The HyperMediaLibrary is a searchable dataset of over 20,000 individual videos, mostly from YouTube, aggregated from 300 different Canadian arts organizations who share their content freely online.
Like many small cultural organizations, even if we make great content the structure of the current media environment is stacked against us. We started this project to explore how aggregation as a strategy could help us connect to the broader Canadian cultural ecosystem and build new pathways between ourselves and others, but also offer tools for others to shape and reshape nodes on their networks.
We believe strongly in the relationship between making and thinking at Artengine, and we wanted to work on this prototype not only as a specific way to address the problem of being a small fish in an ocean of content, but to engage with the existing infrastructure and produce a set of digital objects that could be played with, pulled apart, contextualized and interrogated. Our hope for the prototype is that it helps test out the possibilities of how we work together (even when we might not know it) and provoke discussion in our community about how we use and understand network infrastructure.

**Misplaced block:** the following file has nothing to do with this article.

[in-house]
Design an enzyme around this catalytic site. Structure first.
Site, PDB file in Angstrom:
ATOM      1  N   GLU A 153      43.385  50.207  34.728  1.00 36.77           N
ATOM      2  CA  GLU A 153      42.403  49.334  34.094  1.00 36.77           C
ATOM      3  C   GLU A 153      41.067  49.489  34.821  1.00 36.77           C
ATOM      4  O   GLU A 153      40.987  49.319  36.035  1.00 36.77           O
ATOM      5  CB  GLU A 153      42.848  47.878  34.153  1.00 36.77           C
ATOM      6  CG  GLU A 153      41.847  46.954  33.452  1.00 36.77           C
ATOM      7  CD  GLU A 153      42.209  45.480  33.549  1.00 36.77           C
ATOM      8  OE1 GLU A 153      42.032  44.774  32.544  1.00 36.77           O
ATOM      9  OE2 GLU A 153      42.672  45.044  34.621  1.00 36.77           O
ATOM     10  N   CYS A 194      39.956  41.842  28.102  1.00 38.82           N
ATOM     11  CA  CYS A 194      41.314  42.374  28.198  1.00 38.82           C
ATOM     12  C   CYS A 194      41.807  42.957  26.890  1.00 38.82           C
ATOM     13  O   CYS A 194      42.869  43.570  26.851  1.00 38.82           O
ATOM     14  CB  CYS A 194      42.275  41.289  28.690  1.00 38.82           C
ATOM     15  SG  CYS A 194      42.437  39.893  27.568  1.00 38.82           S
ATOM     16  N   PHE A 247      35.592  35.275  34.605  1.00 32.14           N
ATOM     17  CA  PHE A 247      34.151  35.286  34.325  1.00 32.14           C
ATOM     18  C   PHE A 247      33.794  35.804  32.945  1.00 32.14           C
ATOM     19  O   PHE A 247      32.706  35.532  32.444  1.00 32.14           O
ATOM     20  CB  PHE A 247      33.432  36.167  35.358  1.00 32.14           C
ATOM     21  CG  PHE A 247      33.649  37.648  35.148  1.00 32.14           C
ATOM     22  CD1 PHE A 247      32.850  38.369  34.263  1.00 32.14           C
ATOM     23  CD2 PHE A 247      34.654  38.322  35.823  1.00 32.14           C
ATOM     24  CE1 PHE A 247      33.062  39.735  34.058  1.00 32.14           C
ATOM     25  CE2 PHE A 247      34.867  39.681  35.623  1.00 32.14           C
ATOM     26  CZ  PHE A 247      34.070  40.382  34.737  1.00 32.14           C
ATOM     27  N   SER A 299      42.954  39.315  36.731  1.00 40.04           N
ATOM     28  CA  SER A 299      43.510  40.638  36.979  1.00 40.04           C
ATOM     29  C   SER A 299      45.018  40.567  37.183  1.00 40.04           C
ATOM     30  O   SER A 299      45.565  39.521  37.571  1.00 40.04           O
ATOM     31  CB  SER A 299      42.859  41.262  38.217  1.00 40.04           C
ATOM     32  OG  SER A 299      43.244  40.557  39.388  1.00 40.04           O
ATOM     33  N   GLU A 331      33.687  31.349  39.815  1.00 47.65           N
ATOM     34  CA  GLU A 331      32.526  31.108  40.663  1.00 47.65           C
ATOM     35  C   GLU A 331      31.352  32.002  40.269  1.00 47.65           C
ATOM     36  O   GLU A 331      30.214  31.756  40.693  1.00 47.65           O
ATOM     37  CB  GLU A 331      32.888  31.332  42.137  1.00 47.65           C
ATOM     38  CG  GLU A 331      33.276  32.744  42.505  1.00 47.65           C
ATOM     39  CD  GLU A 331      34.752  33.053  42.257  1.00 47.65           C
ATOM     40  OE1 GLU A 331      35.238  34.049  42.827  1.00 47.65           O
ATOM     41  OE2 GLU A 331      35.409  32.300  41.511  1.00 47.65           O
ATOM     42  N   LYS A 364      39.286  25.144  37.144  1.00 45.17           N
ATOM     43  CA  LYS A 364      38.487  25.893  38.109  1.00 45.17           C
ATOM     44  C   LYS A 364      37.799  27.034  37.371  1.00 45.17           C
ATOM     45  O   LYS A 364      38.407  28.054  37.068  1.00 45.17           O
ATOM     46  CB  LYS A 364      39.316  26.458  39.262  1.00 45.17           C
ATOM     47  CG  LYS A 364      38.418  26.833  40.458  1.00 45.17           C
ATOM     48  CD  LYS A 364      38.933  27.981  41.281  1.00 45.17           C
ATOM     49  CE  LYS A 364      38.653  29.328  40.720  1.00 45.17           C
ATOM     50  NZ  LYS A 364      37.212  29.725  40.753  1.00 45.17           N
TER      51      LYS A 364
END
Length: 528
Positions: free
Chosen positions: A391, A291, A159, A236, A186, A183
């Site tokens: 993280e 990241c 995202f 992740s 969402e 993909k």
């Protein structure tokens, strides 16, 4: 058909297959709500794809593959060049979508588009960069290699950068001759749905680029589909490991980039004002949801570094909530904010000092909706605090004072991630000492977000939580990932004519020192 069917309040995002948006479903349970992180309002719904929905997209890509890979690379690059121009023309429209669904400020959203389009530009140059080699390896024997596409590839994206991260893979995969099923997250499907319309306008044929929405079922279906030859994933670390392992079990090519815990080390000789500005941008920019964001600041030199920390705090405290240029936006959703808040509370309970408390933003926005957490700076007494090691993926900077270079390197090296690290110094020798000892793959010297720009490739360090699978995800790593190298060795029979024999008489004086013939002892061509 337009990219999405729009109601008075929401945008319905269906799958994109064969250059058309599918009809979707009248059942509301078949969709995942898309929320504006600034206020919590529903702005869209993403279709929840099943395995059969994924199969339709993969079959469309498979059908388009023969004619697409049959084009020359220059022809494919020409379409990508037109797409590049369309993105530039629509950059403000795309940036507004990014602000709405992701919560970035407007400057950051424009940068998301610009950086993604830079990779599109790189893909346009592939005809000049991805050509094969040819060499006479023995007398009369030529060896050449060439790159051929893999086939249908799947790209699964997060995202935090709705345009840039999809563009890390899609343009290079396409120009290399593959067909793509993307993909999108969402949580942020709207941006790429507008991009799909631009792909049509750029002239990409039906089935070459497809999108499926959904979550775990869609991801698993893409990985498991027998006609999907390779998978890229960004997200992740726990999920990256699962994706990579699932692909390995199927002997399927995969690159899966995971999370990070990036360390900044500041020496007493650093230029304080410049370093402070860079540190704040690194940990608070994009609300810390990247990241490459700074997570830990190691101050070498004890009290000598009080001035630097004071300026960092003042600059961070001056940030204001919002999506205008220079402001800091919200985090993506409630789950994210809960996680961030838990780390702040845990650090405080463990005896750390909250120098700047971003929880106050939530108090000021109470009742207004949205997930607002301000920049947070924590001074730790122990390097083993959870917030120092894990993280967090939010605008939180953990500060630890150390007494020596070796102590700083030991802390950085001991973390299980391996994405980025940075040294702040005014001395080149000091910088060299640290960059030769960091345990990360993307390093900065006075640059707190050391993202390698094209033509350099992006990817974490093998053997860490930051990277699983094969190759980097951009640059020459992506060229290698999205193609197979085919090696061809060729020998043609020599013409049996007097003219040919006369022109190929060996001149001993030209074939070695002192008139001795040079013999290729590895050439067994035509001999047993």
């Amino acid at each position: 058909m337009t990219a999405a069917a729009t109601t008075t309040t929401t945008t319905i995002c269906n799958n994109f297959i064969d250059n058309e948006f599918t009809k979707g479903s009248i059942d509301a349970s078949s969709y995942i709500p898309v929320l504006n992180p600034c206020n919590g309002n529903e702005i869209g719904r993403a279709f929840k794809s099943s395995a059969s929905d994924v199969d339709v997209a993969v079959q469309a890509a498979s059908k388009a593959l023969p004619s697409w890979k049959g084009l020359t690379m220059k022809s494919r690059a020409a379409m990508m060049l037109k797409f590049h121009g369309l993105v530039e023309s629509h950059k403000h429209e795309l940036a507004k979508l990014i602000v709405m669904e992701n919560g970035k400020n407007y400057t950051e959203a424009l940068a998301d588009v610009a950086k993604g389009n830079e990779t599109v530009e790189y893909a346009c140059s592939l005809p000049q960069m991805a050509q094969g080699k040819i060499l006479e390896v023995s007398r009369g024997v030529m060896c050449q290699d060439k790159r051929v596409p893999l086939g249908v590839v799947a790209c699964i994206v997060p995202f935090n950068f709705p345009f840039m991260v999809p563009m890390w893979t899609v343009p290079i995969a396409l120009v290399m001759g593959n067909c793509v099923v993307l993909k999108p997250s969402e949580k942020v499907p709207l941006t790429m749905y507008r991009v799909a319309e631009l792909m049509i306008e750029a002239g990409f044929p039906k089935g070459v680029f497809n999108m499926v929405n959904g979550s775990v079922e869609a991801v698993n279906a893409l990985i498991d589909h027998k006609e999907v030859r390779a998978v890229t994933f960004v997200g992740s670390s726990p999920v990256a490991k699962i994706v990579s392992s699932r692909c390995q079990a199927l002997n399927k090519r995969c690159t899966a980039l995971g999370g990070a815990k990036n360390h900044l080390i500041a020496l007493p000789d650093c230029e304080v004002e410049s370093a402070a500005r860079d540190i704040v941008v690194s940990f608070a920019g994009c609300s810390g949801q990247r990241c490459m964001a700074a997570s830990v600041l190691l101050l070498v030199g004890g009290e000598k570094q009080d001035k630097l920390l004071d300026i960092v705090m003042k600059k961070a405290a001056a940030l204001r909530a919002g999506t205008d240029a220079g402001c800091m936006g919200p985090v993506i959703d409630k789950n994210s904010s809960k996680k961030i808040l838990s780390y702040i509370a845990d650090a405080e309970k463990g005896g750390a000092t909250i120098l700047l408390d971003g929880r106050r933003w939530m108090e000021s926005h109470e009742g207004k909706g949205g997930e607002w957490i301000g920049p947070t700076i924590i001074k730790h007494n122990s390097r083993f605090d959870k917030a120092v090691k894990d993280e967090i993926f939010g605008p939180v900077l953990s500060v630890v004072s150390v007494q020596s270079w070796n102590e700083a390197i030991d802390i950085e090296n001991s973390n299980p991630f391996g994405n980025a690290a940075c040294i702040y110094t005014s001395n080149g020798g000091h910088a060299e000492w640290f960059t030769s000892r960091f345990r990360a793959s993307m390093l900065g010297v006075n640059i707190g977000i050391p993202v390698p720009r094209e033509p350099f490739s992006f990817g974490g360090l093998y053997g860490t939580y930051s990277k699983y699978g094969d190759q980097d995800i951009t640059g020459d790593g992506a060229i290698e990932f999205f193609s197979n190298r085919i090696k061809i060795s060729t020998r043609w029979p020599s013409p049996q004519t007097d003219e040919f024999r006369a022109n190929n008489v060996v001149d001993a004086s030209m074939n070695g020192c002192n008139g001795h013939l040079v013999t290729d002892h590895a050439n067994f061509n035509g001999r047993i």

We focused our attention on arts organizations in Canada and built our list of channels based on the open data from various funding agencies at the national and provincial levels. We began with the Canada Council for the Arts and cross referenced it with other funding bodies. The Canada Council has a Category of Data called Field of Practice and we used this as a way to focus the creation of our list.
In the Field of Practice we chose to focus on the following: Visual Arts, Media Arts, Digital Arts, Indigenous Arts, Inter-Arts and Deaf and Disability Arts.
We excluded the Performing Arts (Theater, Music and Dance) as we felt it was likely to include more actual art works (particularly during the COVID era of posting).
This initial approach is informed by several key assumptions.